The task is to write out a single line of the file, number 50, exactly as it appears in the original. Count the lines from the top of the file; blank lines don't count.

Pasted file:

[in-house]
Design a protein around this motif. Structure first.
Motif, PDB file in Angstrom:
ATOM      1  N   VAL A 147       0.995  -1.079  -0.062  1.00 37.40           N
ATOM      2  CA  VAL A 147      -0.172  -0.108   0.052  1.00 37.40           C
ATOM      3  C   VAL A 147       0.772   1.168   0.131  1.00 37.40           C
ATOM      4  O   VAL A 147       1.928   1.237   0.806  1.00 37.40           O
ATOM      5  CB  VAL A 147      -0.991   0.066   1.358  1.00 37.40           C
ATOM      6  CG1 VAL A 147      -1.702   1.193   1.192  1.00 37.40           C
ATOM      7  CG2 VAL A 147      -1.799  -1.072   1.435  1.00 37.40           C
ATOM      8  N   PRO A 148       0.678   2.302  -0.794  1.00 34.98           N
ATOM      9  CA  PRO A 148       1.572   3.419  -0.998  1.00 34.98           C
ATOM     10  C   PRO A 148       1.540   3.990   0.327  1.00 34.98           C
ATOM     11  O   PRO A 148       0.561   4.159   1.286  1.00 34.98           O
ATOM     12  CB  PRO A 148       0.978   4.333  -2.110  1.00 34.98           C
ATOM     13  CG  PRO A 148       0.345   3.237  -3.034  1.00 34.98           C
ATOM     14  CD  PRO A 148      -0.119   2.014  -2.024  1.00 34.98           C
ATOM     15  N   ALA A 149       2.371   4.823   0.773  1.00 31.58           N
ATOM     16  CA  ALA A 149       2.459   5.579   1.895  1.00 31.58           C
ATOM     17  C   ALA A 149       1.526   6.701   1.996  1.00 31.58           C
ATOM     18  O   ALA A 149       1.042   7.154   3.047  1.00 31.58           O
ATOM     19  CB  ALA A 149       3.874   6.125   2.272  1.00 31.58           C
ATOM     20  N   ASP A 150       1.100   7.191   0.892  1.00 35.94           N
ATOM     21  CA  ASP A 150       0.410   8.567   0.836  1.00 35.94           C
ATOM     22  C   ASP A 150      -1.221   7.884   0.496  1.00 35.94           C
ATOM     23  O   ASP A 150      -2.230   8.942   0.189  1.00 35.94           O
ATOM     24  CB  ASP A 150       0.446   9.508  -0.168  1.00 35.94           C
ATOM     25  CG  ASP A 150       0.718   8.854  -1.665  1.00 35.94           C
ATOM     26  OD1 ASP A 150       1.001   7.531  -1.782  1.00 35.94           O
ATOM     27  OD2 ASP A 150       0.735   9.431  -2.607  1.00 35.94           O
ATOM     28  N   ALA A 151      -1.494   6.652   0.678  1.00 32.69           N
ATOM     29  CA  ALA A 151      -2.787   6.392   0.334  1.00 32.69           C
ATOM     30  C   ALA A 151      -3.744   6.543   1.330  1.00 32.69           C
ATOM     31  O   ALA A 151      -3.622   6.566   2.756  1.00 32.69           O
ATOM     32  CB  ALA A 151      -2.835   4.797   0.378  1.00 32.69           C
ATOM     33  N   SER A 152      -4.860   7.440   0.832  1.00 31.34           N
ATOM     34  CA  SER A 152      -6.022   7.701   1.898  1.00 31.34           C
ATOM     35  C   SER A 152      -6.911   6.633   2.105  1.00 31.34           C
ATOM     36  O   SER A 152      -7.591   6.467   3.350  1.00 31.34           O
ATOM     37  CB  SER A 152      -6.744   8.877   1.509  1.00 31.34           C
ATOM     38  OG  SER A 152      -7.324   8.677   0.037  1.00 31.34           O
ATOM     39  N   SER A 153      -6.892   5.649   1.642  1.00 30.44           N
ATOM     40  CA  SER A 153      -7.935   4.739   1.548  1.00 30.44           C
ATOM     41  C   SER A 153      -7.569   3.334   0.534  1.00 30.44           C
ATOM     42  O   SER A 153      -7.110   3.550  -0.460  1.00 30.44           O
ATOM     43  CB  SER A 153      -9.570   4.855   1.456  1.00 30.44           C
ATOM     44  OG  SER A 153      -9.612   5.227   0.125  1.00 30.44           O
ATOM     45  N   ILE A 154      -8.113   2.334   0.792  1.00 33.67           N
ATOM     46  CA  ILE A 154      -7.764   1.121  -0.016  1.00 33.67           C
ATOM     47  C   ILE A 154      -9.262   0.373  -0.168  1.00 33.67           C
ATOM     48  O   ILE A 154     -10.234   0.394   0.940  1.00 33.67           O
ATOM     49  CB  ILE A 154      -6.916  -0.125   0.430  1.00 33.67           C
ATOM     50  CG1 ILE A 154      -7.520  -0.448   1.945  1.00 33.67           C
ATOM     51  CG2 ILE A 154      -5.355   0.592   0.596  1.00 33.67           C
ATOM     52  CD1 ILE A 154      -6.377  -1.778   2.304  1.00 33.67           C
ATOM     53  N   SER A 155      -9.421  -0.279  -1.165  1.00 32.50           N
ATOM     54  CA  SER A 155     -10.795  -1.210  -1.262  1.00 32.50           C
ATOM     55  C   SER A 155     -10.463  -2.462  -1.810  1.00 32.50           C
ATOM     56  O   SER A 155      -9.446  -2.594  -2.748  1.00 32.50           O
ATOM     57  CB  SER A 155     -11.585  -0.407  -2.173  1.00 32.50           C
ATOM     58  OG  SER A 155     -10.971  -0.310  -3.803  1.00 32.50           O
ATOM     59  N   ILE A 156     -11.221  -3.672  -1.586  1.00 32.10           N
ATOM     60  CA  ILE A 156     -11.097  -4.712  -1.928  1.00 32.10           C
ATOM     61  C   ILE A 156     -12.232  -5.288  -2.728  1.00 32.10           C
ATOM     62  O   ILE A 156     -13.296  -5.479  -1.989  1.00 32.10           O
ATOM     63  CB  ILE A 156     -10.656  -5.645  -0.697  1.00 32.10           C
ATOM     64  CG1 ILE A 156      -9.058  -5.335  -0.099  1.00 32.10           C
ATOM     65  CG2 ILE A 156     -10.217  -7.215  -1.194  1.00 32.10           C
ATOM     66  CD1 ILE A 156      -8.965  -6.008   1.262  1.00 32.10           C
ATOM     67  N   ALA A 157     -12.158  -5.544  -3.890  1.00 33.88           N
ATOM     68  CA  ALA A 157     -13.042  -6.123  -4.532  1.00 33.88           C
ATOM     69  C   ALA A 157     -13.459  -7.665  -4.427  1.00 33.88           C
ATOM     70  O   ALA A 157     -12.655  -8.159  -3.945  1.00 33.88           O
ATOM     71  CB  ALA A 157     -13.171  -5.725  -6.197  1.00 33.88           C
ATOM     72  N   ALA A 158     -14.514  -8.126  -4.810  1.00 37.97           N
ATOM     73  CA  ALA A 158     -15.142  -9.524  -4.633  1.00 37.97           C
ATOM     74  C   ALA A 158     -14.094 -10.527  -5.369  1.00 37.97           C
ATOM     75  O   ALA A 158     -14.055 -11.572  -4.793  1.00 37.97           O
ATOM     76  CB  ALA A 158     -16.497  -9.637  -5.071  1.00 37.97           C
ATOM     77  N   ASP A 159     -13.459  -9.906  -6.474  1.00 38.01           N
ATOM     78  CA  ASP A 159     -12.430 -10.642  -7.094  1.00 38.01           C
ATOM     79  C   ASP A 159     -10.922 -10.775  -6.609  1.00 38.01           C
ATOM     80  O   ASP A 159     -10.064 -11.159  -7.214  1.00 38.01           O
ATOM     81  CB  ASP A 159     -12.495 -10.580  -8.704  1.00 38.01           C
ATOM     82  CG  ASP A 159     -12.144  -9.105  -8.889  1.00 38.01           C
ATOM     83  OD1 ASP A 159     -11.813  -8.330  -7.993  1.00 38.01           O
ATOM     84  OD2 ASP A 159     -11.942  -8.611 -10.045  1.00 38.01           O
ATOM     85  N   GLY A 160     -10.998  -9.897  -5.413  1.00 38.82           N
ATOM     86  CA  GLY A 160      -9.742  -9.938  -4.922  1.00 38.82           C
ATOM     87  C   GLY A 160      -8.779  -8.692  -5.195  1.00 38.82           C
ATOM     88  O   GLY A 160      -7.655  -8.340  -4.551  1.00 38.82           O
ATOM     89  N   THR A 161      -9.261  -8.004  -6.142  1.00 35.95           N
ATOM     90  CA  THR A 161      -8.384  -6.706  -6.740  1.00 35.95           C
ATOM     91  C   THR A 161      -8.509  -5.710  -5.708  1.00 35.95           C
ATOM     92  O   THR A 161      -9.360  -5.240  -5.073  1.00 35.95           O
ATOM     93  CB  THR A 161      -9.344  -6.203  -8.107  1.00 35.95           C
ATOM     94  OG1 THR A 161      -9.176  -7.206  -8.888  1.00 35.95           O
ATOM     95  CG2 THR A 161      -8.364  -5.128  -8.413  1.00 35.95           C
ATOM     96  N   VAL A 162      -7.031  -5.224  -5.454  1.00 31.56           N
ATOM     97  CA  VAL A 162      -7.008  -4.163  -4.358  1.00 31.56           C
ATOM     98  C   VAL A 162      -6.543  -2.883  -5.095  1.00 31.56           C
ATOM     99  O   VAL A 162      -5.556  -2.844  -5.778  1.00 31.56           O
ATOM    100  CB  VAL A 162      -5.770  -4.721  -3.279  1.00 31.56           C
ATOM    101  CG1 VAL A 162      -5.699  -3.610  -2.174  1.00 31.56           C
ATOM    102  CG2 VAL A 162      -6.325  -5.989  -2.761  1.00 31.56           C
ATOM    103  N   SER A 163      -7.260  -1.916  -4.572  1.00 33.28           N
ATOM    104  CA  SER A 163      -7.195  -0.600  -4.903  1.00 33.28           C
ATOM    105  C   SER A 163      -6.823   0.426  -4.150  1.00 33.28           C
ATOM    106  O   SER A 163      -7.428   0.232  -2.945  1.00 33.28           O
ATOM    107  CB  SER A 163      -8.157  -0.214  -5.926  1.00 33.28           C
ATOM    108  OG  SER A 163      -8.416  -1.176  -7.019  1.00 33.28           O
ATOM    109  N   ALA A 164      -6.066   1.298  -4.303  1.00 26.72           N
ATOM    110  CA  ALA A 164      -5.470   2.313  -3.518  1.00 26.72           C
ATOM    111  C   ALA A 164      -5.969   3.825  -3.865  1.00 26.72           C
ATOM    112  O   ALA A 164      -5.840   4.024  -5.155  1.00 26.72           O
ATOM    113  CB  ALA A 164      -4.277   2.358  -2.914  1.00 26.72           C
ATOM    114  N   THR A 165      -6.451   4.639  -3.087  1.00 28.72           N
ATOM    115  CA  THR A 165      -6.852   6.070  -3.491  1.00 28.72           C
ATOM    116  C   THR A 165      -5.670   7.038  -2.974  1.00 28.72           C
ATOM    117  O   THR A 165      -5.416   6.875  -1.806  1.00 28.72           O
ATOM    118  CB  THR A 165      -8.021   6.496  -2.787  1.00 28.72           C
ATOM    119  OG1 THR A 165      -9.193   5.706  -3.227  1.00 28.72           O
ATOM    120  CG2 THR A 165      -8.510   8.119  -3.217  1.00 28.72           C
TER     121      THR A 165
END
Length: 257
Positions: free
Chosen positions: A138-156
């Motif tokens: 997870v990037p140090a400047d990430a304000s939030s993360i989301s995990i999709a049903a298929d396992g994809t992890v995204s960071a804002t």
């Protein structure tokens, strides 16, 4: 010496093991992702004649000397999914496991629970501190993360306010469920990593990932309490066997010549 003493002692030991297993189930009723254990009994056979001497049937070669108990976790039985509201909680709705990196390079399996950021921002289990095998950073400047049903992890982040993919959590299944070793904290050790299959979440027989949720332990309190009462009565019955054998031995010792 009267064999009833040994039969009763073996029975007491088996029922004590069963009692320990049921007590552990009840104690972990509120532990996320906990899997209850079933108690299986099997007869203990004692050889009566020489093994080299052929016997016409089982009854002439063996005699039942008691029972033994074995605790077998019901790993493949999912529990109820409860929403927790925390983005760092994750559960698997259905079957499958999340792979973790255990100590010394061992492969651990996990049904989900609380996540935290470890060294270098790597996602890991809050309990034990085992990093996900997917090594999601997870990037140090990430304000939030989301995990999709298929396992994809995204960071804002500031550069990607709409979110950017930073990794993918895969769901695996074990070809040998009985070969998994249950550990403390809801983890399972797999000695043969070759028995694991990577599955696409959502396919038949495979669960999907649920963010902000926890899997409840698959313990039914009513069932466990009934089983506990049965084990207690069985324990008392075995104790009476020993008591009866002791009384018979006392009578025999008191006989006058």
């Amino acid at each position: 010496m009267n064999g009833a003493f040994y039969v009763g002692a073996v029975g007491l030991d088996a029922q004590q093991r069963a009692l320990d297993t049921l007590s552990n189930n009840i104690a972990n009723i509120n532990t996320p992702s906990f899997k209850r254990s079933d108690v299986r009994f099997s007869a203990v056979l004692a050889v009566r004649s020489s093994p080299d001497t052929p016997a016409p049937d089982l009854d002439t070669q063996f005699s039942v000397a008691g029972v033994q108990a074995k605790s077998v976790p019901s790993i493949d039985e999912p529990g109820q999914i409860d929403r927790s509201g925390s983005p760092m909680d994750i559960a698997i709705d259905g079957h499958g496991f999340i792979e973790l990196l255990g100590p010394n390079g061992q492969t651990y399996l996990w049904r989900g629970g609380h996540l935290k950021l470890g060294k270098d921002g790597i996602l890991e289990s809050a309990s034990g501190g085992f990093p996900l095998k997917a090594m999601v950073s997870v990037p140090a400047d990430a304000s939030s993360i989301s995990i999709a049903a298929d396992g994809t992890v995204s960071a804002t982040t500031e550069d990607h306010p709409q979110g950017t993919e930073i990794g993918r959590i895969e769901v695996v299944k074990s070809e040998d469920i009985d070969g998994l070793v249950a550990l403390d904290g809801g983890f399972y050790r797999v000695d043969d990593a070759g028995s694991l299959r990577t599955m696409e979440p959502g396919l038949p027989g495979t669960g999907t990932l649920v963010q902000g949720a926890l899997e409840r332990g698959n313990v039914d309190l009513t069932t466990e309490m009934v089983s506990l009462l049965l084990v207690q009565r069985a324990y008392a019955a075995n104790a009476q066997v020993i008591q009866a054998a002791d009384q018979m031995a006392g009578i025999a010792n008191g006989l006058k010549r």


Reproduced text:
ATOM     47  C   ILE A 154      -9.262   0.373  -0.168  1.00 33.67           C